Title: Rebel Queen
Author: Michelle Moran
Release Day: January 5, 2016
Rating: 4 out of 5
Summary:When the British Empire sets its sights on India in the mid-nineteenth century, it expects a quick and easy conquest. India is fractured and divided into kingdoms, each independent and wary of one another, seemingly no match for the might of the English. But when they arrive in the Kingdom of Jhansi, the British army is met with a surprising challenge.
About the Author: Michelle Moran, author who writes historical fiction. She was married in India which inspired her to write Rebel Queen. She has written six historical novels. Information condensed from her Goodreads profile.
My Review: I devoured this book. I read this in the summer of 2016. This is well written yet so aggravating. Since this is historical fiction there are some freedom for the author to have and take.
For example, the character we follow, Sita, and her life that leads her to be favored by the queen. Rani of Jhansi and the Indian Rebellion of 1857 and everything around this occurs in the story and we learn how Sita feels and how things go through her eyes.
With all historical fiction — or at least a lot I stumble on and read — characters in the books have personality differences between their real life and who they are in the story. The Raja is no different in this.
Spoiler: So, this book is set before the British basically took girls and forced them into prostitution. Sita when she is with the Queen’s guards is warned to have her mail sent privately. She doesn’t so she belatedly learns that her sisters life has gone to hell. Sita later discovers her sister is sent into forced prostitution, her sister blames her for this because of all the nice things Sita would send her.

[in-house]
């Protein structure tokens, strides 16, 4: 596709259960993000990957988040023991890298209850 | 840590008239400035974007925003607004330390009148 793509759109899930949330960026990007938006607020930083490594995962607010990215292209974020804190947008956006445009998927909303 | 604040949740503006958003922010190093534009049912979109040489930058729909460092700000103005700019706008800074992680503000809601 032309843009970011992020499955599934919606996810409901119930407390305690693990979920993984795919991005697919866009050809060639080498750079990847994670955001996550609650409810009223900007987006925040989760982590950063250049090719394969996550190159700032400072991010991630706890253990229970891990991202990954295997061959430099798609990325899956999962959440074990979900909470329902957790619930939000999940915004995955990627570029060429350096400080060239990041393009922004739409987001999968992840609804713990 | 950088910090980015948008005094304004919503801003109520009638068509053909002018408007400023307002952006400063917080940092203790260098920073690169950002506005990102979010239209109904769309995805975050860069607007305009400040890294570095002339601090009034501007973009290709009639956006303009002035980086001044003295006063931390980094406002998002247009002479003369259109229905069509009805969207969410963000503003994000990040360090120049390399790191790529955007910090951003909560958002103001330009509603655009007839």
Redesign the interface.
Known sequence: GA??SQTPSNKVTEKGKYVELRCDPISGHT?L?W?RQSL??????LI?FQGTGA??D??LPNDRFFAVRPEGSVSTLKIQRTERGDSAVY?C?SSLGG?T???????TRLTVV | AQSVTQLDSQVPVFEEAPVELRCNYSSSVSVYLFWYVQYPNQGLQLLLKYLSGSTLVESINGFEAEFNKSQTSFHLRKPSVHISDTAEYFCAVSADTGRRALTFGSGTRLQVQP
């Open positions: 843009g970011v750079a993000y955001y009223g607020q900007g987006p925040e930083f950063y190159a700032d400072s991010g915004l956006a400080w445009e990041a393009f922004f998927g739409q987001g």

The author brings in this terrible thing early to create a disaster ending between Sita and her younger sister. In turn there is really no happy ending for her family. This aspect of the story drove me up the wall. I’m fairly certain my random outbursts in regards to how this ended …probably annoyed the snot out of my family.
I know stories do not need to have a nicely wrapped up happily ever after. But to drag in something that does historically happen..but bring it in earlier just to do this in the story? I was livid. I was upset with the way that this ended that it’s taken me a few years to decide on whether to try out her other books.
Recommend? Yes, I recommend as long you understand this is historical fiction. The fictional is very large in this historical and should be reminded when you decide to pick this up. Either read up on this time period or even as you’re reading this. I read about the history as I was reading this.
This isn’t listed as a Young Adult but the way it’s written it could be considered more of a YA.
Her other books: Nefertti, Cleopatra’s Daughter, The Heretic Queen, Madame Tussaud, The Second Empress, Mata Hari’s Last Dance, and The Egyptian Royals Collection.
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